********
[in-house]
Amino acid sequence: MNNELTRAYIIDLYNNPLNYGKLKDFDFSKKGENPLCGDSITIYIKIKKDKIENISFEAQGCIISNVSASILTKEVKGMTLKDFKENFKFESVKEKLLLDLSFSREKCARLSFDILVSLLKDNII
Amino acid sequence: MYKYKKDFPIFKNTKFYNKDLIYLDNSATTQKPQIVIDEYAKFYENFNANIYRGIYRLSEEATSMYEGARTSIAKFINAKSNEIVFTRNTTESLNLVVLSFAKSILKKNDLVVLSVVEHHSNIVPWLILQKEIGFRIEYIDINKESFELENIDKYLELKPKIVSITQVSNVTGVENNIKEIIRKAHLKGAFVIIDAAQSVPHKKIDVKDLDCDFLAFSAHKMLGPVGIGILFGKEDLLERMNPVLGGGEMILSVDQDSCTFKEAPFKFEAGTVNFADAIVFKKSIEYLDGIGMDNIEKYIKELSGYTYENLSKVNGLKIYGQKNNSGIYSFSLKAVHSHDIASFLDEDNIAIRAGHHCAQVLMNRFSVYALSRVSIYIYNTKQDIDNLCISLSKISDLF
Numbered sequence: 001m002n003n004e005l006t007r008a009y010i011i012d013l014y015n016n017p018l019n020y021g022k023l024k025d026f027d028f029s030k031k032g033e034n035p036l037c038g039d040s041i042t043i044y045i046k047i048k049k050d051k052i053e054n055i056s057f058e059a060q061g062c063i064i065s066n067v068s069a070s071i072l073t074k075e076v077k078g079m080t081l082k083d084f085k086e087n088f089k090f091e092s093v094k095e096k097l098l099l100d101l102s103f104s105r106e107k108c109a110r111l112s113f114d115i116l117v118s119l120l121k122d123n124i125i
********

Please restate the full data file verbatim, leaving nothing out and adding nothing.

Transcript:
[in-house]
Amino acid sequence: MNNELTRAYIIDLYNNPLNYGKLKDFDFSKKGENPLCGDSITIYIKIKKDKIENISFEAQGCIISNVSASILTKEVKGMTLKDFKENFKFESVKEKLLLDLSFSREKCARLSFDILVSLLKDNII
Amino acid sequence: MYKYKKDFPIFKNTKFYNKDLIYLDNSATTQKPQIVIDEYAKFYENFNANIYRGIYRLSEEATSMYEGARTSIAKFINAKSNEIVFTRNTTESLNLVVLSFAKSILKKNDLVVLSVVEHHSNIVPWLILQKEIGFRIEYIDINKESFELENIDKYLELKPKIVSITQVSNVTGVENNIKEIIRKAHLKGAFVIIDAAQSVPHKKIDVKDLDCDFLAFSAHKMLGPVGIGILFGKEDLLERMNPVLGGGEMILSVDQDSCTFKEAPFKFEAGTVNFADAIVFKKSIEYLDGIGMDNIEKYIKELSGYTYENLSKVNGLKIYGQKNNSGIYSFSLKAVHSHDIASFLDEDNIAIRAGHHCAQVLMNRFSVYALSRVSIYIYNTKQDIDNLCISLSKISDLF
Numbered sequence: 001m002n003n004e005l006t007r008a009y010i011i012d013l014y015n016n017p018l019n020y021g022k023l024k025d026f027d028f029s030k031k032g033e034n035p036l037c038g039d040s041i042t043i044y045i046k047i048k049k050d051k052i053e054n055i056s057f058e059a060q061g062c063i064i065s066n067v068s069a070s071i072l073t074k075e076v077k078g079m080t081l082k083d084f085k086e087n088f089k090f091e092s093v094k095e096k097l098l099l100d101l102s103f104s105r106e107k108c109a110r111l112s113f114d115i116l117v118s119l120l121k122d123n124i125i